Gweta village on its knees
DAMAGE: A fully submerged maize farm

Residents brace for more misery as more rain is forecasted

“Water, water, everywhere,

And all the boards did shrink;

Water, water, everywhere,

Nor any drop to drink”

This 1797 piece (The rime of the ancient mariner) by English poet Samuel Taylor Coleridge could best describe the distressing scenes at Gweta village.

At least more than half of this gateway to Makgadikgadi Pans is submerged in water.

You’d think in a country where water scarcity is as old as the legend of the ‘soft rocks’, a sight of a trickling stream of water would be music to the ear.

Not to the people of Gweta people. They’re fed up.

With a reported forecast of more rain in the coming weeks, residents of this small village 100 km from Nata and 205km from Maun are already bracing for the worst.

The normally dry village was turned into a swamp last year following torrential downpours associated with the 2016 cyclone Dineo.

Both Gweta and Zoroga villages were flooded and the A3 road rendered impassable, cutting off the three villages from the rest of the world.

Before the village could recover from the disaster that left many poor and homeless, disaster struck again early this year with torrential February rains.

Just as the situation was about to return to normalcy students found themselves needing an airboat to go to school again as Hamba bicycles and donkey carts were once again rendered useless as waist deep water covered the village with some farms fully submerged in the water.

When The Voice team visited the unfortunate village last Saturday water levels had subsided and some parts of the village were accessible with a car and donkey carts.

The water has however left 151 people from 22 families homeless and over 1183 people in need of aid.

Two gentlemen Nshalule Mongwegi (30) and Alec Kitso (27) who were dripping wet after crossing a pool of water to cross to the other side were glad to see The Voice van in the village.

“Please let the world know about our plight. We are suffering in this village. Take pictures and tell the world,” said Mongwegi.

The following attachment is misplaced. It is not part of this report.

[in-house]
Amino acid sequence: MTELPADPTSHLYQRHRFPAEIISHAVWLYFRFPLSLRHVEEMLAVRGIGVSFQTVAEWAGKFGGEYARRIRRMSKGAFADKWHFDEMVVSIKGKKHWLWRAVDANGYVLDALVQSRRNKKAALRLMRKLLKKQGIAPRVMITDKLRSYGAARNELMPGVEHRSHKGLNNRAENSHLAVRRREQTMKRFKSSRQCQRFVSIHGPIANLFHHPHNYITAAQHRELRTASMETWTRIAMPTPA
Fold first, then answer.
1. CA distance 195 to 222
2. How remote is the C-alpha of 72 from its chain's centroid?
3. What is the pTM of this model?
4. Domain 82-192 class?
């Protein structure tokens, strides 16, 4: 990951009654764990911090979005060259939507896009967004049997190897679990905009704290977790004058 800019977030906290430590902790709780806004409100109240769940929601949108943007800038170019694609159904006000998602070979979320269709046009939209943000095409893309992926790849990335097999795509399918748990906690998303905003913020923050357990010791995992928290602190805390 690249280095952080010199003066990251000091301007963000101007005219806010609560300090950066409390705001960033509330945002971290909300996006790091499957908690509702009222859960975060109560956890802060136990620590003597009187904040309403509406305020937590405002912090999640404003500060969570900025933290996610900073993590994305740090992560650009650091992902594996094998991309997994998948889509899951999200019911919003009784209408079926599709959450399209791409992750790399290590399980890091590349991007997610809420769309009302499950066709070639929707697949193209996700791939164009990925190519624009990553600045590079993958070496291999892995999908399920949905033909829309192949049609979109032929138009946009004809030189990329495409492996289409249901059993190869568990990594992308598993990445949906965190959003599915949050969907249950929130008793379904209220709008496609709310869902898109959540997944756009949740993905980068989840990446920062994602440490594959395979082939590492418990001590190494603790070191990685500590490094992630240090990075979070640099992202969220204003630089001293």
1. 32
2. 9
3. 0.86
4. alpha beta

The Voice met with the Village Disaster Management Committee chairperson, Ledule Baraki who solemnly narrated the heart wrenching story of the Gweta floods.

According to Baraki, from the 292 families who sent out an SOS, only 200 have been assessed.

He further said they have recorded 175 collapsed houses.

“Something urgently needs to be done in this village, the Roads Department particularly needs to act and find a lasting solution to this flood problem because we all believe they are caused by a badly designed road,” he said.

Baraki said the root of the problem is the road which does not have enough culverts to direct the water into the pans.

“Initially this village was on an island, water passed around the village as it sat on elevated ground towards Makgadikgadi pans,” Bareki said.

The population grew people, he explained and more people were awarded plots on lower ground therefore interfering with the natural routes of Makgadikgadi bound streams.

“We have four lakes about 10 km from Gweta. These are ‘Kaunxara’, ‘Odiakhwe’, ‘Nxasen’, ‘Tsokotshaa’ and ‘Xha’ which spill over into the pans. But the water route has been compromised as there are no culverts,” he said.

Baraki was frustrated with the length of time it has taken the Roads Department to rectify the situation.

A temporary remedy by the committee to direct the water away from the village backfired as the water now flooded farms.

“About nine farms are completely submerged while some are partially covered by water. The loss in monetary terms is monumental. Remember these farmers spent a lot of money and some even lost their equipment like planters, trailers and ploughs,” he said.

“We are working well with Ministries of Health, Agriculture and Council Secretary and Deputy District Commissioner. The only people missing in action are Department of Roads,” he added with a tinge of disgust.

While he’s happy that the water level are subsiding Baraki is equally concerned over the possibility of water pollution.

“Water Utilities assured us that the water is safe to drink, but I wish we had resources to consult private professionals,” he said.

Baraki’s bone of contention is that one of the only two boreholes supplying the village has been flooded and to this day remains submerged.

“The water also flooded the sewerage and surely this water will come into contact with portable water in the other borehole,” he said.

“We need urgent help. We have been warned about more rain in the coming weeks and this village won’t survive a third catastrophe,” said Baraki with a swiping hand gesture.

As we parted ways with the concerned Chairman at the main Kgotla I suddenly felt the need for a glass of water.

The kgotla stand pipe was a few metres away from me but for some reason I opted to purchase a rather pricey bottled water from a nearby general dealer.

The thirst in Gweta is real and government has to do something urgently!

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